This treasured building, the original library of Scotland, can be visited this month and tours taken, writes Angela Grahame
The Advocates Library is open to members, 365 days a year, 24 hours per day. During the day it is a busy working library, bustling with Advocates researching the law and handling cases for clients from all walks of Scottish life. At night, it is a magical place.
Stepping into the Library is like stepping back in time. You can almost hear the evidence being led in the trial of Burke and Hare in the Law Room (a former court room); see the ghosts of long-dead Advocates in wig and gown; and take down the same volumes of Session Cases from the shelves that they did, all those many years ago.
Advocates treasure the Library and value not just the 24-hour access it provides them to the law of Scotland, but they are proud of the surroundings and its place in Scottish history as the “original” national library. For members of the public, it is a place they may glimpse through an open doorway, but to which they will rarely be allowed access.
Nowadays, the public can share this wonderful library and immerse themselves in its history during Doors Open Day, which takes place this year on Saturdays in September. A tour of the Library on 24 September is part of the events being staged in Parliament House. Those attending will be awed as they enter the majestic Parliament Hall, where the original Scottish Parliament sat until the Treaty of Union in 1707. They can debate their preference for this building as opposed to the new Scottish Parliament a short walk away at the bottom of the Royal Mile.
Timed tours of the Library for small groups will take place between 10:15am to 3:30pm and will allow the public access to the Library’s main corridor designed by William Playfair, as well as the Law Room mentioned above. The Advocates Library today continues to serve over 450 members of the Faculty and with over 150,000 volumes, is widely regarded as the finest working law library in the UK.
Tours will also take the public to the Laigh Hall, immediately below Parliament Hall, where the leading lights of the Scottish Enlightenment met and stabled their horses; criminals were hanged by the neck; the Library was housed during the 18th Century; and where current members of Faculty work by day and occasionally enjoy candlelit celebrations by night.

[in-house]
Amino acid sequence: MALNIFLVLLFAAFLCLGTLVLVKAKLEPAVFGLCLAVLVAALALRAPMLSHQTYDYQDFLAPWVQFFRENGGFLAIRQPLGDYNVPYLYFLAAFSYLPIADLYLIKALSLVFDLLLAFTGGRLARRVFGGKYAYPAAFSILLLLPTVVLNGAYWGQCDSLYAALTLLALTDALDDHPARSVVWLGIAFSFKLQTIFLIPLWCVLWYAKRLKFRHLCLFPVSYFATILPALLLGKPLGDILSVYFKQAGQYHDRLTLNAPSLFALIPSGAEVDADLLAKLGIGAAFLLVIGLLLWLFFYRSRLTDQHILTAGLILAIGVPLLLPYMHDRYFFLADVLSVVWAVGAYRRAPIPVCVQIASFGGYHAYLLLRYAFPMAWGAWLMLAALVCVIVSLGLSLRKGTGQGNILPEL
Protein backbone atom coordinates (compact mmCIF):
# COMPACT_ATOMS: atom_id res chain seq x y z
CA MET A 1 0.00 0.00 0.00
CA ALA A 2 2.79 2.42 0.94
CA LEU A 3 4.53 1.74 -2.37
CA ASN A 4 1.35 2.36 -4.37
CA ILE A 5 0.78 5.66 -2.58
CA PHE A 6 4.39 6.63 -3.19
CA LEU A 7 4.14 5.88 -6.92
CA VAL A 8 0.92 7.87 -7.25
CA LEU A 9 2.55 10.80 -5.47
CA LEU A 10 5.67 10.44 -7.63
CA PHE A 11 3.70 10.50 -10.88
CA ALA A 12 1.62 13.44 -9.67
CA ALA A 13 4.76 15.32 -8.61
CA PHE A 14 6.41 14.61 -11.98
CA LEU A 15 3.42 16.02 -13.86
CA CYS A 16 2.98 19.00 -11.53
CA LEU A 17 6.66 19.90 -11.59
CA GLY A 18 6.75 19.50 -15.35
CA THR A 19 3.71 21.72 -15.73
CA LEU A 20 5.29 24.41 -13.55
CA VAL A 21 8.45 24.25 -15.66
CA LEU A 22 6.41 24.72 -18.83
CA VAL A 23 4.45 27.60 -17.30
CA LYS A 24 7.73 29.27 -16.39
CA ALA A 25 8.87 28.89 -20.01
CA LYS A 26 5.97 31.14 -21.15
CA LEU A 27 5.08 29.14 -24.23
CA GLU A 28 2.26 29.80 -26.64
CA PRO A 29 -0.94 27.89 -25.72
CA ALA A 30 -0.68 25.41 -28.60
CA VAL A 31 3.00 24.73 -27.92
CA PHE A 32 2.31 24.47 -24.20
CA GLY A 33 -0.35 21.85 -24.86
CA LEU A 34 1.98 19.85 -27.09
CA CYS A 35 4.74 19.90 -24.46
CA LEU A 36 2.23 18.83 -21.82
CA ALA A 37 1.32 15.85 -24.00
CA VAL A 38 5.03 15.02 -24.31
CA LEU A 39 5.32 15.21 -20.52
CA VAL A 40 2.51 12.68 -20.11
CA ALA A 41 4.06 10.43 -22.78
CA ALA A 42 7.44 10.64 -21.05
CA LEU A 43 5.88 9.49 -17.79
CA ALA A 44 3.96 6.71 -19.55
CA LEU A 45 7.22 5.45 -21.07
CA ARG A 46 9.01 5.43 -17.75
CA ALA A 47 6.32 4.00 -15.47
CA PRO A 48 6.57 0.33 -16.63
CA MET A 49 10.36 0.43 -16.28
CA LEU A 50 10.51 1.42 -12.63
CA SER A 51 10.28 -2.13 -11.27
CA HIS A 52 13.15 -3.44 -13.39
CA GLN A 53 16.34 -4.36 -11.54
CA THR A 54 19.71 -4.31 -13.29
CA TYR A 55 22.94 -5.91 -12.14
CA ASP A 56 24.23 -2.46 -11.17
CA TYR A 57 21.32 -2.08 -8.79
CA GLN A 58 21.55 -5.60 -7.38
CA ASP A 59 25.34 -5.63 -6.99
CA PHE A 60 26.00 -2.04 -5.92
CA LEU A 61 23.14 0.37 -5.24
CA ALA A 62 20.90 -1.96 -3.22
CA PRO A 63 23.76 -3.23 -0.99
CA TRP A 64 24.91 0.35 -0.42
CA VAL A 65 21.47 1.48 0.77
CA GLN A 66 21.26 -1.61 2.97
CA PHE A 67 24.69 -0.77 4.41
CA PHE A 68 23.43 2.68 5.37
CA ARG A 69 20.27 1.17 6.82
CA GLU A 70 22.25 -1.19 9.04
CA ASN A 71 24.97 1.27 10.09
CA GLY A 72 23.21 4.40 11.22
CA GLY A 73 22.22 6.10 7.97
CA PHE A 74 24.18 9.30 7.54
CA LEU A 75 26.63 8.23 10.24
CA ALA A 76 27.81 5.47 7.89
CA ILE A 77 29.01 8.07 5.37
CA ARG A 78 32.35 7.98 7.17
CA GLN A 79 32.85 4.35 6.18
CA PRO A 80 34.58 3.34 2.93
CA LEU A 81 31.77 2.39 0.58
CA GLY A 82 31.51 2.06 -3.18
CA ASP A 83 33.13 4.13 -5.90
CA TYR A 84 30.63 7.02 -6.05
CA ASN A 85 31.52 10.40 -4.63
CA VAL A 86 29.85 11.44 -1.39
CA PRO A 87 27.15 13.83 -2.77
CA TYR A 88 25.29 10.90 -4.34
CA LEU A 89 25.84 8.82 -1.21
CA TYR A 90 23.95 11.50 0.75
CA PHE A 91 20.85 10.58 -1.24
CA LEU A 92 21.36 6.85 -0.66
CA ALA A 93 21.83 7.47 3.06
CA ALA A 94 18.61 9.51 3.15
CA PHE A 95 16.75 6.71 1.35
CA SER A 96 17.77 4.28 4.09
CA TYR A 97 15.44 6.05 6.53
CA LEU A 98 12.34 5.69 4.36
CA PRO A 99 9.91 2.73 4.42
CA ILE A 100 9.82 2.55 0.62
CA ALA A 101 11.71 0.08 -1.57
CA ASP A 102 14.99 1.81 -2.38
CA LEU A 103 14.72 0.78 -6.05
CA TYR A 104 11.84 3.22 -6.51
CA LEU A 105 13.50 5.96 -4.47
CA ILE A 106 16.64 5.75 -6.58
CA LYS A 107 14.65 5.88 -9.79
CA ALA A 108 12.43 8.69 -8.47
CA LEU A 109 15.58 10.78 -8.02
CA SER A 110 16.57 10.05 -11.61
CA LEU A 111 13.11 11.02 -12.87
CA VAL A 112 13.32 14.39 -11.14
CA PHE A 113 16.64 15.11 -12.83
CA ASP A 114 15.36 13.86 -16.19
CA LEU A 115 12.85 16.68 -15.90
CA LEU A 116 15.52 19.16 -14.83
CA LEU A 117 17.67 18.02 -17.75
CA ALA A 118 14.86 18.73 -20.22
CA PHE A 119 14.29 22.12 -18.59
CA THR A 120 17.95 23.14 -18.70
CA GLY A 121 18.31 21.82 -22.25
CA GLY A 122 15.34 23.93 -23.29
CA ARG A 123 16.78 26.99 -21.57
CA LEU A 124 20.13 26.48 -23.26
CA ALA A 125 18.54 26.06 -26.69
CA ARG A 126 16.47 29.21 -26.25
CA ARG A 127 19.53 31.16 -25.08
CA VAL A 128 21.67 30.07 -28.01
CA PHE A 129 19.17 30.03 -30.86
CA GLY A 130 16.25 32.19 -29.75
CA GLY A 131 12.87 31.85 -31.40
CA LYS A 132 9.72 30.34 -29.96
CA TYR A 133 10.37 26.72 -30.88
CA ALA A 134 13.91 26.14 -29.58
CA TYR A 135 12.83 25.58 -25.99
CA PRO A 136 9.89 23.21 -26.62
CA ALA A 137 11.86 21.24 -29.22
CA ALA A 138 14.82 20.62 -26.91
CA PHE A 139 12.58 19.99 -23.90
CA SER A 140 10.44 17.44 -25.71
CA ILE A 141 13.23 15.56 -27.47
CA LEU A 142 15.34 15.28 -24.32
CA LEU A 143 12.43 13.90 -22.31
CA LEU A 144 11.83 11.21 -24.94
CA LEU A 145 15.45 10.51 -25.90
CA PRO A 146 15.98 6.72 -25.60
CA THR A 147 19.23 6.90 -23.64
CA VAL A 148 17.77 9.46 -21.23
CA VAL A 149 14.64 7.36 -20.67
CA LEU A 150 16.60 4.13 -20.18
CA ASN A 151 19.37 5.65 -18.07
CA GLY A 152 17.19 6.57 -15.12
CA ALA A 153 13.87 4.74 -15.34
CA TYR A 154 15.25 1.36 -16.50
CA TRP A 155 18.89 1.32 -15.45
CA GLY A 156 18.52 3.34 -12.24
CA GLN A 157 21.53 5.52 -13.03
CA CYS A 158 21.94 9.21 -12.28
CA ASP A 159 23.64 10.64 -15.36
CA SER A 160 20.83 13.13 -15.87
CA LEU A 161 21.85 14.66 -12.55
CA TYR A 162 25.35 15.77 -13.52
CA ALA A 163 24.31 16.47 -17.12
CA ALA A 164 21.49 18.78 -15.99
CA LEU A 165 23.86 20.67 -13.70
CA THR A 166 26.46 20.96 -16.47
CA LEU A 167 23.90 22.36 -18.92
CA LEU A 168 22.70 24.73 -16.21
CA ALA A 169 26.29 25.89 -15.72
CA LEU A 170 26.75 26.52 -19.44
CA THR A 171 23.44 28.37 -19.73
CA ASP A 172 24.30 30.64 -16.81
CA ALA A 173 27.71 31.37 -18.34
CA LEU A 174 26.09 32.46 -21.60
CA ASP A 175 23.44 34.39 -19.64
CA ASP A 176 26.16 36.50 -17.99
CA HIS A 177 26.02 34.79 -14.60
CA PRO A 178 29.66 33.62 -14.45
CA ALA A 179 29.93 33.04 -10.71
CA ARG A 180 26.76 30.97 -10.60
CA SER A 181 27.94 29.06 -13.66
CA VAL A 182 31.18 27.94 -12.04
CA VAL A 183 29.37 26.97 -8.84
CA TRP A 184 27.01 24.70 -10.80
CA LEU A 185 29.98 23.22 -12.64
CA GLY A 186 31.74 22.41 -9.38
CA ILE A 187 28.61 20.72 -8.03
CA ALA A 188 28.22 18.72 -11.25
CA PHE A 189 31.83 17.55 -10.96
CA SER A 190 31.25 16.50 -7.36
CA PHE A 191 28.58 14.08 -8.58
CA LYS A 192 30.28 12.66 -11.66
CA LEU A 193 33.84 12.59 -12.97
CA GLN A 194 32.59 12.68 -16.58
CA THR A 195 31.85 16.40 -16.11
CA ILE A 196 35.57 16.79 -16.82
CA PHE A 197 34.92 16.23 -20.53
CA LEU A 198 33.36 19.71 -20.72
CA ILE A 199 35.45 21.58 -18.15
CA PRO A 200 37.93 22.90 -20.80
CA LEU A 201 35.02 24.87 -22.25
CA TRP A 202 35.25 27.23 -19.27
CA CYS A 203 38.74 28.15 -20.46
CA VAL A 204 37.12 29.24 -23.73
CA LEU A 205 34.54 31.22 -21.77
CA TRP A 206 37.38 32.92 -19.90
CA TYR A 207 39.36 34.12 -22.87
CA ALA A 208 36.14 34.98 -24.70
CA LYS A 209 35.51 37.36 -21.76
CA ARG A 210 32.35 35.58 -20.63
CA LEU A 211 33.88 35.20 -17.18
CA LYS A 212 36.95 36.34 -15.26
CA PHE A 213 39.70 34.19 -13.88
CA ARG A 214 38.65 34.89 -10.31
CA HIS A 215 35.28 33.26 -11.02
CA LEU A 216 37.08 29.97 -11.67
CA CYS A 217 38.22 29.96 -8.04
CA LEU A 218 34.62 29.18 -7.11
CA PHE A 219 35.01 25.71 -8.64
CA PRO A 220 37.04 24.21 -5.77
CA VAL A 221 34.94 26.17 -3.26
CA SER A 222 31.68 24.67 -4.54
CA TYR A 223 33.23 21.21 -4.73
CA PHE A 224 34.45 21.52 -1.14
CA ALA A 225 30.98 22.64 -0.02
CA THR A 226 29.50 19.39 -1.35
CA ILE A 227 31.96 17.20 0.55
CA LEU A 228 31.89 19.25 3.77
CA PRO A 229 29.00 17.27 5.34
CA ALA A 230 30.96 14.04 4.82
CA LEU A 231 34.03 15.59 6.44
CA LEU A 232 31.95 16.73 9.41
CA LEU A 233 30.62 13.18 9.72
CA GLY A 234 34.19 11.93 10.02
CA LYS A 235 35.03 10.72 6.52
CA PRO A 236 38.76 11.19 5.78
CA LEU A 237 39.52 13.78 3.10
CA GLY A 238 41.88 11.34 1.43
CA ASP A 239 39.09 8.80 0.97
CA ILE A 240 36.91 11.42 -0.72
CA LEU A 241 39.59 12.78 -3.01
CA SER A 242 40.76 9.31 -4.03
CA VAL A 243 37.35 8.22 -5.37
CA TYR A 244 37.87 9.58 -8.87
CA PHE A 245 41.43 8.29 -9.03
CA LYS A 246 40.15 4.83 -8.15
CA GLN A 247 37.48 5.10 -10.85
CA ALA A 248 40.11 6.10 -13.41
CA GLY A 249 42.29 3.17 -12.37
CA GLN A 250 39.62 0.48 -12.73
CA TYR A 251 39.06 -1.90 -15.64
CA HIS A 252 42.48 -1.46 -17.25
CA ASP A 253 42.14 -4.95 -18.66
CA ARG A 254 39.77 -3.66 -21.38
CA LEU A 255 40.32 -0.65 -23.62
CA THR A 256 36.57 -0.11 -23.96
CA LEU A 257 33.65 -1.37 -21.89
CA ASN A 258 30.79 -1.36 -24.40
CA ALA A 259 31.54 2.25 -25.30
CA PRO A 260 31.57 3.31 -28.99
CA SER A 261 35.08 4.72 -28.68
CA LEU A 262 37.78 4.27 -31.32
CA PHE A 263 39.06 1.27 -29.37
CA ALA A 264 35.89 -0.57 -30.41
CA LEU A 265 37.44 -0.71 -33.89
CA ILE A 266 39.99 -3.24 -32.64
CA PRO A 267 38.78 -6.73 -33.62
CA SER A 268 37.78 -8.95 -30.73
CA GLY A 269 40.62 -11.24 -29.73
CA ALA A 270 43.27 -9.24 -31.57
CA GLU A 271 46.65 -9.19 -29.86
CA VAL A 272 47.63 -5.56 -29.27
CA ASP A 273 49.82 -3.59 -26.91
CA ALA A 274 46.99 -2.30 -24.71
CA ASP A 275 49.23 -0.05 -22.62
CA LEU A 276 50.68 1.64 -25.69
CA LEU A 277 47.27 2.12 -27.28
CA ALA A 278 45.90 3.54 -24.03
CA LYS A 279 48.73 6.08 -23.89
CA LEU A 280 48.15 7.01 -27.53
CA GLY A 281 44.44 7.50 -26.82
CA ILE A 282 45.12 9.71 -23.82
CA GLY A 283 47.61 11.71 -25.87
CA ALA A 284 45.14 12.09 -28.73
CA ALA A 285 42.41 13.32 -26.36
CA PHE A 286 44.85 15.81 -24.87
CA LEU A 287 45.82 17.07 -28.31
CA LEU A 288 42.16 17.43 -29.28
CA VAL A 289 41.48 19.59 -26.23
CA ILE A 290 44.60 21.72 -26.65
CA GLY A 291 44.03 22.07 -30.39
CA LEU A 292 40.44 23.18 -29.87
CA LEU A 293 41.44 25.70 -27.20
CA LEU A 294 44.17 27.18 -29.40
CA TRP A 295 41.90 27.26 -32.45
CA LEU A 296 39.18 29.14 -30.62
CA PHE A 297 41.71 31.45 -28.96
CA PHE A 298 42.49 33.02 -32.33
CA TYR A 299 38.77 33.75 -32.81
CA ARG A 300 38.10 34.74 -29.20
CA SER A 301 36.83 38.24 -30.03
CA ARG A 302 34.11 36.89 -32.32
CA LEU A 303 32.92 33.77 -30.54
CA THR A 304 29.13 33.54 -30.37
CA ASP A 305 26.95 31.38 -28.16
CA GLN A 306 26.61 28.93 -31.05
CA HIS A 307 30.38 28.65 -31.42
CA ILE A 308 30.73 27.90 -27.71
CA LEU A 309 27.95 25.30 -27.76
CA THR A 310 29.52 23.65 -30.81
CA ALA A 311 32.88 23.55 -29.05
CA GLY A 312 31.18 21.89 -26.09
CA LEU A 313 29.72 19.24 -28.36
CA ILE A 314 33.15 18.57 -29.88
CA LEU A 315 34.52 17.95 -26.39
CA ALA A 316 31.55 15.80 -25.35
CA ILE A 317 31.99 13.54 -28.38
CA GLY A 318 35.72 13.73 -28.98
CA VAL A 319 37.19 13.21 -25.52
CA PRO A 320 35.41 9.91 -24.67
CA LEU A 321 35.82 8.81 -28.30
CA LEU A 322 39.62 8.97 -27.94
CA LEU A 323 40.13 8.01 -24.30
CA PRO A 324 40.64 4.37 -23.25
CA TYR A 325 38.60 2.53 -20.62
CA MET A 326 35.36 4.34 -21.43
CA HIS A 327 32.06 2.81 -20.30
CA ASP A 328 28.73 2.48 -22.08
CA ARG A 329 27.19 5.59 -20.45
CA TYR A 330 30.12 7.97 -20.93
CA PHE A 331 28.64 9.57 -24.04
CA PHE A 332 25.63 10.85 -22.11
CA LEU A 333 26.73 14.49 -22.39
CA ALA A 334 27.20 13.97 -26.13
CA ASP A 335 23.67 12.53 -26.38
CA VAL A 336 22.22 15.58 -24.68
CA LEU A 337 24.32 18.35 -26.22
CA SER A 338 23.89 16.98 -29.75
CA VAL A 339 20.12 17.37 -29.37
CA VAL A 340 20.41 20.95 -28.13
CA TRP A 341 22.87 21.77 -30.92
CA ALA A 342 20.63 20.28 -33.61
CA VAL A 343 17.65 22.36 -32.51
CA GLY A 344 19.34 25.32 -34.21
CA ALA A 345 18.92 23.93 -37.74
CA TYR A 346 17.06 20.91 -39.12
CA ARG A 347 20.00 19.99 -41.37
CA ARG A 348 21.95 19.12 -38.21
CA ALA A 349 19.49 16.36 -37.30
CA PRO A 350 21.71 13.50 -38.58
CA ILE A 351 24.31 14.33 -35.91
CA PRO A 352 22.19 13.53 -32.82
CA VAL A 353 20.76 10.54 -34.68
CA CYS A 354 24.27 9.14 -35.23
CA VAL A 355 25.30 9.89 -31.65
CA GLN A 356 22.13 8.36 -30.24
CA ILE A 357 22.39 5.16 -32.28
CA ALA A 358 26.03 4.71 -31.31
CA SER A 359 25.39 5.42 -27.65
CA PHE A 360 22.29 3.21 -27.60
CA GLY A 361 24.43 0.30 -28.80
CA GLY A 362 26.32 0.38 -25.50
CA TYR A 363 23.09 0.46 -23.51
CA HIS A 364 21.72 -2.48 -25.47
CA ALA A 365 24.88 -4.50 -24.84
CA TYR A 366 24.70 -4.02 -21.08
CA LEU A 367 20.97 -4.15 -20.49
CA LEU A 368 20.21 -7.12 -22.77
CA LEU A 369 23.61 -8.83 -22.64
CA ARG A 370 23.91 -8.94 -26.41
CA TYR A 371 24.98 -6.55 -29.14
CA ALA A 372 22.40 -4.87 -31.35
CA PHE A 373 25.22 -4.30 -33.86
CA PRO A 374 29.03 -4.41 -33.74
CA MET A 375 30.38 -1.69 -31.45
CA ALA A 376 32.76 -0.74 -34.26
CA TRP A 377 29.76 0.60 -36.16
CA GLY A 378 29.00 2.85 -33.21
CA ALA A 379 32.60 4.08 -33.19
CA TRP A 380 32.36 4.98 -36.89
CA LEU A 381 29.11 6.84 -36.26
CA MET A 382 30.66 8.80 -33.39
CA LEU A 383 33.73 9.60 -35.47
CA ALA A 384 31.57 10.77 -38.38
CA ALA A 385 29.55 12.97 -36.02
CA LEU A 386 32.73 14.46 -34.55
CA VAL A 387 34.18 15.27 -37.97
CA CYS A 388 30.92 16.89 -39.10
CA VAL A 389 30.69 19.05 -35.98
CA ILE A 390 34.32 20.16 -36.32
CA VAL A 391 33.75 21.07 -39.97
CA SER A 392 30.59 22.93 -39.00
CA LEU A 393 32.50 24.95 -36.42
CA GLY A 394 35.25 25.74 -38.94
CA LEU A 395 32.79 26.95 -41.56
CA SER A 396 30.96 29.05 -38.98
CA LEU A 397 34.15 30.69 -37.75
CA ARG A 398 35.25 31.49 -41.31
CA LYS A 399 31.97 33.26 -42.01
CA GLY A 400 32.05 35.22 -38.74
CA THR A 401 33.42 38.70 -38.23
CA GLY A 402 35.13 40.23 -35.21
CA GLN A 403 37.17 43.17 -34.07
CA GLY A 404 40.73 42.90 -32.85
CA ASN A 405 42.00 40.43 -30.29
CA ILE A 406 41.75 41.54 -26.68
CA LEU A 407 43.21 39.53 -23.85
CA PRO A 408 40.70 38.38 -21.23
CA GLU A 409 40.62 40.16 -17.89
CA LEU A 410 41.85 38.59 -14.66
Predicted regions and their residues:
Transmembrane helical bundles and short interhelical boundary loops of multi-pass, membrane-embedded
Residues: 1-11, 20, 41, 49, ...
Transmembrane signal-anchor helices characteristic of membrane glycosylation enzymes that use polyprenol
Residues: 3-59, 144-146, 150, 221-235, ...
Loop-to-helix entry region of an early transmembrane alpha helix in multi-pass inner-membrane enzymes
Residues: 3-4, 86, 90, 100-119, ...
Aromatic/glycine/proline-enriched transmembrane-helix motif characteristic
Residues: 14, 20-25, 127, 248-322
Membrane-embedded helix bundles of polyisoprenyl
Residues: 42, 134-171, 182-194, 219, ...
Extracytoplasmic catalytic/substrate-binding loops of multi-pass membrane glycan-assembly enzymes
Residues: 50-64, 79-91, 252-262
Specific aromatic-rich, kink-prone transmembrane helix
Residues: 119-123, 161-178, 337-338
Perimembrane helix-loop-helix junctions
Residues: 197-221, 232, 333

Visitors are advised to book a place on a Library tour as they arrive in Parliament House, as these are extremely popular.
“Working on a daily basis in the Advocates Library is a privilege” said Gordon Jackson, QC, Dean of Faculty. “The reaction of people seeing it for the first time reminds you of this, and I hope that those who come along on Doors Open Day will enjoy their visit very much.”
Amongst the Doors Open Day events in Parliament House being staged by the Scottish Courts and Tribunals Service will be a re-enactment of the infamous 19th century Madeleine Smith murder trial.
Members of the public of a more artistic bent can admire the paintings and sculptures within Parliament Hall itself, including one of the Faculty’s famous son, Sir Walter Scott, who became an advocate on 11 July 1792. His love and respect for the Faculty was demonstrated when on his death he bequeathed the contents of his precious library in his home at Abbotsford to the Faculty of Advocates. The contents continue to be protected and preserved by the Faculty of Advocates Abbotsford Collection Trust.
Another famous member of Faculty was Robert Louis Stevenson and visitors may wonder a while whether the Library and its spine-tingling atmosphere was an inspiration to the author when writing his world famous and enduring story “The Strange Case of Dr Jekyll & Mr Hyde”.
Visitors will find out about the history of the legal deposit status of the Library. This gave the Keeper of the Library (a position held by such as David Hume, whose statue stands outside the High Court) a right to claim a copy of every book published in the British Isles. It amassed an extensive collection, and was, in effect, the nation’s library, but they will also hear that in 1925 the Faculty gifted to the nation 750,000 books, leading to the establishment of the National Library of Scotland.
We look forward to extending a warm welcome to any member of the public who wishes to visit us and enjoy this amazing building. Learn more about the Library at www.advocates.org.uk
• Angela Grahame is vice-dean of the Faculty of Advocates